Many of the cabinet photographs had hand-written notes on the verso as well as printed information about the photographer. All inks were tested for water-fastness before any moisture was applied and all proved stable. In addition, 60% of all the albumen prints had gilding on the edge and on the back of the support card. No moisture was applied to areas with gilding. Deteriorating gilt (bronze powder) on the albumen cabinet cards accounted for some of the damage to the images.

Project staff decided not to remove the collage images and group portraits pasted onto the front of the mat board. The mat boards of the collages were hand-painted with what appears to be mostly India inks and watercolors in black, white, sepia, and shades of gray. Most of the single images were mounted onto acidic backing boards.

These single images were not removed from their backing because most were well adhered and stable and removing them would destroy the considerable artistic intent of the original mounting. The images were first brushed lightly with a soft clean hake brush. The front and back of the mat boards were then vacuumed (avoiding the image areas) with a Nilfisk HEPA-filtered vacuum and a soft bristle attachment. Images peeling off the mat board or otherwise unstable were readhered with a dry wheat paste and dried under light weight.


After cleaning, the cabinet photographs were rehoused in flapless envelopes (unbuffered for albumen, buffered for silver gelatin) with the name and image number written in pencil in the front top right corner and then boxed in archival storage (Hollinger) record boxes (see figure 5).

Several highly decorated collages that were in good condition (photos not silvered and mats not damaged) were reframed using conservation friendly materials and rehung in the newly renovated Seney Hall. Framing materials included buffered 2-ply 100% cotton rag mat board, and buffered corrugated backing. Original glass was retained if it fit properly. Plastic Frame SpacerTM was attached to the edges of the glass to raise the glass up off the photographic surface. Lignin-free buffered board, screwed with brass screws to the back of the frame, contained and protected the mat package. New security hanging devices were added to the frames.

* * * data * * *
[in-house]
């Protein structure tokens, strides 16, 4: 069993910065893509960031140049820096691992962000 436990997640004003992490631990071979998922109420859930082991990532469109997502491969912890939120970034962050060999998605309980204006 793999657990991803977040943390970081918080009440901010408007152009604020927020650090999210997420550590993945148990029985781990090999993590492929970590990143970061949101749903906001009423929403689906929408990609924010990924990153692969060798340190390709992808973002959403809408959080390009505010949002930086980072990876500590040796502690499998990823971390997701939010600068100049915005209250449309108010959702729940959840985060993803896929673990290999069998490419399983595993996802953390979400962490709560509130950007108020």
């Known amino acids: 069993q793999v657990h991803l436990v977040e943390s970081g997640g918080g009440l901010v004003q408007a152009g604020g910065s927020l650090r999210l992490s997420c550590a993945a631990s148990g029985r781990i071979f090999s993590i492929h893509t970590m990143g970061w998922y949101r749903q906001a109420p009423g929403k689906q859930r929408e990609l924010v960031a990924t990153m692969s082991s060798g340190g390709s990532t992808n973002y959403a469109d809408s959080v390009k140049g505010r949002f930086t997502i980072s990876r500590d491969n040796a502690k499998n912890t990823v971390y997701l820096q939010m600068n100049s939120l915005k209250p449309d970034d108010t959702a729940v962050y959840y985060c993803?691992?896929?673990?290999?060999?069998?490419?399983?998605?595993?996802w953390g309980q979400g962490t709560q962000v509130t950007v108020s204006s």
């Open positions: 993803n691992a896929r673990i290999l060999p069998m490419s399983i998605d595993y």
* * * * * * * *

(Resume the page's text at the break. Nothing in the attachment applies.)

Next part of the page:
The remaining collages and group portraits were stored in flat files as seen in figure 6.


Figure 5. Rehoused cabinet photograph


Figure 6. Storage for collages


Project staff designed an MS Access database to collect appropriate metadata. The database used a custom schema crosswalked to Dublin Core elements to link the digital image with the descriptive information about the physical object. The recorded metadata included each image's relationship to surrounding images, the condition of the source photograph, frame and housing, the photographic process, the source photographer and the digital reproducer, and creation details

about the digital surrogates (see table below). Personal information about the subject in the image, such as degree taken and class activities, were confirmed by consulting class yearbooks.

Table. MS Access metadata database details

Field Name

Dublin Core Element Name

Field Values





Eight (8) digits: 4 digit year, 1 digit row location, 1 digit column location, underscore (_), copy number - default is 1. Use 2 or higher if more than one frame per year. Follows ISO 9660.




Last name, first name or initial as shown in “Catalog of Emory College” for the corresponding year. Use NA if no name available.




If appropriate. Include academic title, course or other notes.



Choose one: student, faculty, other

Status of subject




Is image missing?




Image height in cm of photographed image only (not card backing)




Image width in cm of photographed image only (not card backing)




Is image a duplicate? If so, list duplicate ImageID



Choose one: typeset, handwritten

Describe the writing on the label




Is the backing support card trimmed?



Choose one: Ink, pencil, paint, NA

Describe the writing medium on back of the card, if any



Free text

Text on back of card, including numbers or other information not recorded elsewhere




Is there gilding on the edges or back of card?




Hyperlink to digital image. File number will be same as ImageID




Date digital master created